This is the third and final one of the 300 Beers to be produced by the Anchor Brewery, following on from the Steam Beer and the Liberty Ale. While the latter didn’t blow me away, the Steam Beer was a revelation, and I must admit to taking a bit of a shine to this plucky San Francisco brewery with their stout little brown bottles and handsome label artwork.
Even more excitingly, this is the first chance I’ve had to try a beer labelled as a Barleywine. Barleywine is essentially just very, very strong beer, fermented for significant periods of time. It’s apparently a centuries-old English style of beer, originally brewed for the aristocracy, but it’s one we really don’t see a lot of in this country these days, to the extent that I’d always assumed it was an American style.
In fact it was Anchor themselves and their Old Foghorn which introduced the style to the States, where it quickly caught the imagination of brewers and drinkers alike. I think we’d better get more intimately acquainted. I’m looking forward to this.
Like the previous Anchor beers, this one is impeccably presented, though its label diverges from the usual sailor tattoo artwork for something a little more pastoral, featuring barley and hops. The beer itself is a dark, glossy Greek honey sort of colour with little to no head, just a light off-white lacing.
There isn’t a great deal of aroma to Old Foghorn, which lulls you into a false sense of security, as it completely belies the massive amounts of flavour within.
Old Foghorn is thick and rich, and almost the same texture as Greek honey too. It’s full of plump dried fruit and treacle. There’s a faintly medicinal note to it, which is less unpleasant than it sounds, along with a real sweetness, albeit a pleasing, tart, bitter sweetness which lingers in the mouth.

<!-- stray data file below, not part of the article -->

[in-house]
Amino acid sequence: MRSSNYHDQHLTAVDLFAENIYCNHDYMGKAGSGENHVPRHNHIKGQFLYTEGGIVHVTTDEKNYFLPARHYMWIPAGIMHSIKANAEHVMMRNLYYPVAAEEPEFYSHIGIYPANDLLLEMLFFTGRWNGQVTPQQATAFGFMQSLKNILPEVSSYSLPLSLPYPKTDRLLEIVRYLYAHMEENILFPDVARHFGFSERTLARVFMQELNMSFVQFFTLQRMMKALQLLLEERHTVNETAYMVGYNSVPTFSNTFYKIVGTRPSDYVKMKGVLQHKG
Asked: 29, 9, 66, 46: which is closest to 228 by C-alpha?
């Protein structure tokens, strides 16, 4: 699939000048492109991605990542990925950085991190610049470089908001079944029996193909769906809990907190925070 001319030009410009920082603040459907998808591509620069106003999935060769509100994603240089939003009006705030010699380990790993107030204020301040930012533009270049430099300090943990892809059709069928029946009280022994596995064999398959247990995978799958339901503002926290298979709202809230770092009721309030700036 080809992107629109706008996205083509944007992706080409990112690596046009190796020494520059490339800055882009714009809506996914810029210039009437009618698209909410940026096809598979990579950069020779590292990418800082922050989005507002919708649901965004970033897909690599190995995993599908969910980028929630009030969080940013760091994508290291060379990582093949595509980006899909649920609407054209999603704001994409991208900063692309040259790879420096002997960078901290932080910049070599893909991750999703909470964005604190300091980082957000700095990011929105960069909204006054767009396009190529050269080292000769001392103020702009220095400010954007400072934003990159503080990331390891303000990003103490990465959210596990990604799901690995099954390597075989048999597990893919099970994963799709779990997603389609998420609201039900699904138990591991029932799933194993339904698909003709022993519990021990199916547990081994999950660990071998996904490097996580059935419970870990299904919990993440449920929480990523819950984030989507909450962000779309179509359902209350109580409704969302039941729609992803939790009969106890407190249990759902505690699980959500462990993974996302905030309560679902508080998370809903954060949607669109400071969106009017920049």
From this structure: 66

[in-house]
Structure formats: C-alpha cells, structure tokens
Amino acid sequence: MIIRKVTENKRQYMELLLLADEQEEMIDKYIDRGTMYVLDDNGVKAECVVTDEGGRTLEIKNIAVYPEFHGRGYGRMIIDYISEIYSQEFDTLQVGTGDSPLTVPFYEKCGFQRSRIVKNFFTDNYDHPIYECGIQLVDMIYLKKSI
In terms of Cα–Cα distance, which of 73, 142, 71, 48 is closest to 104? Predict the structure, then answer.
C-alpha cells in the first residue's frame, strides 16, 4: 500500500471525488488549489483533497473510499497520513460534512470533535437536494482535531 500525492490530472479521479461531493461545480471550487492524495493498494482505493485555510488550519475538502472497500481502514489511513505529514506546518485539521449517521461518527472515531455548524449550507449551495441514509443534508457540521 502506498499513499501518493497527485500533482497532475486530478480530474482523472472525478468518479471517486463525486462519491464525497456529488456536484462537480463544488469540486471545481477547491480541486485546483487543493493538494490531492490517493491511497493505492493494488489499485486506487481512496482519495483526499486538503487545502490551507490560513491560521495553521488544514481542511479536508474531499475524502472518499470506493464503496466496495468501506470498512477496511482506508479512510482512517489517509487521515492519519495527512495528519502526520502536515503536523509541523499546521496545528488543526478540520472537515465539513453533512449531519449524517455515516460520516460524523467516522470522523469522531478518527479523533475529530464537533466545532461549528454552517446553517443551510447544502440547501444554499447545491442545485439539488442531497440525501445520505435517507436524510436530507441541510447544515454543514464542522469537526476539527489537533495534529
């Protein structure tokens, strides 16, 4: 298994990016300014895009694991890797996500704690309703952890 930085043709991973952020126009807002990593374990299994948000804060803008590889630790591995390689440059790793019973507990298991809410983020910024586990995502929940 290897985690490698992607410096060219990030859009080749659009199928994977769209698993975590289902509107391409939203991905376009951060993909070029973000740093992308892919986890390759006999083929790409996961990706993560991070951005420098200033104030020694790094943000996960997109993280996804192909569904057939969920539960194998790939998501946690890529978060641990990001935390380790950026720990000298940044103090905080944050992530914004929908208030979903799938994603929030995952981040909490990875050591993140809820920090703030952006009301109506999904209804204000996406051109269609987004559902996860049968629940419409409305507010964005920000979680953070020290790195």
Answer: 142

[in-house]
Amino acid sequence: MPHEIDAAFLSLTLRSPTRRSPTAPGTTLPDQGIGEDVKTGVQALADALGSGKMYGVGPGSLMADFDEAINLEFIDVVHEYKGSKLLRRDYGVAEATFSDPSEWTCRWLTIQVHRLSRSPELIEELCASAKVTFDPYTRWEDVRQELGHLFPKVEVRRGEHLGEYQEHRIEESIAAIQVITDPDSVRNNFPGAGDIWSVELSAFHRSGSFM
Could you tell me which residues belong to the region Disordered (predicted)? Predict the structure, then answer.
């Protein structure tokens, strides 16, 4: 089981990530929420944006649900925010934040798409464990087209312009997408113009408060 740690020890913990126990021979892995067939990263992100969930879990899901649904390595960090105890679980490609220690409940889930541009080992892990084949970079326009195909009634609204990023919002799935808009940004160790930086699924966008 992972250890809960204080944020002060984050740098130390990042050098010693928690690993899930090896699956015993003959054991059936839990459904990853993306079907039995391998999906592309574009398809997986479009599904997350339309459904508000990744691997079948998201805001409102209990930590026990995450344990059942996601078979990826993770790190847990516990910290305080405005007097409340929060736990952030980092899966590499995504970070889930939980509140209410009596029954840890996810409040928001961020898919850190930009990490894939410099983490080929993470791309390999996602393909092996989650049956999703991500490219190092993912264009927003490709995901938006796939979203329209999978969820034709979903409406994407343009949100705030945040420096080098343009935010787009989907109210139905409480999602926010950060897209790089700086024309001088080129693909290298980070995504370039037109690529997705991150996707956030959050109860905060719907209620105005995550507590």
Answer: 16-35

That bitterness comes from Old Foghorn being matured on a bed of Cascade hops for no less than 10 months, before being dry hopped, meaning that yet more hops are added to the finished beer. I suspect a lot of the depth also comes from the fact that only the first pressing of the mash is used, a technique we previously saw applied to a quite different beer, Japan’s Kirin Ichiban.
All in all, I’m reminded strongly of one of my favourite guilty pleasures, Fuller’s Golden Pride, though this is a little richer and darker. I’m starting to like it a lot.
This is a strong old beverage at 9.4% ABV, and there are naturally huge boozy notes, enough to remind you to take it slowly and savour Old Foghorn respectfully. The alcohol isn’t overbearing though: it just provides a lovely warming hit that gets to work pretty promptly.
This is a terrific beer, and one that reminds me why I started this blog. It’s thanks to breweries like Anchor and Brooklyn (particularly their Vienna-style Lager and Black Chocolate Stout) that my preconceptions about American beers have been shot to pieces, with Anchor Old Foghorn being the final, delicious bullet.
Facts and Figures
|Brewery:||Anchor Brewing Co, San Francisco, CA|
|Style:||Old Ales, Barley Wines and Vintage Ales|
|Found at:||Utobeer, Borough Market, London SE1|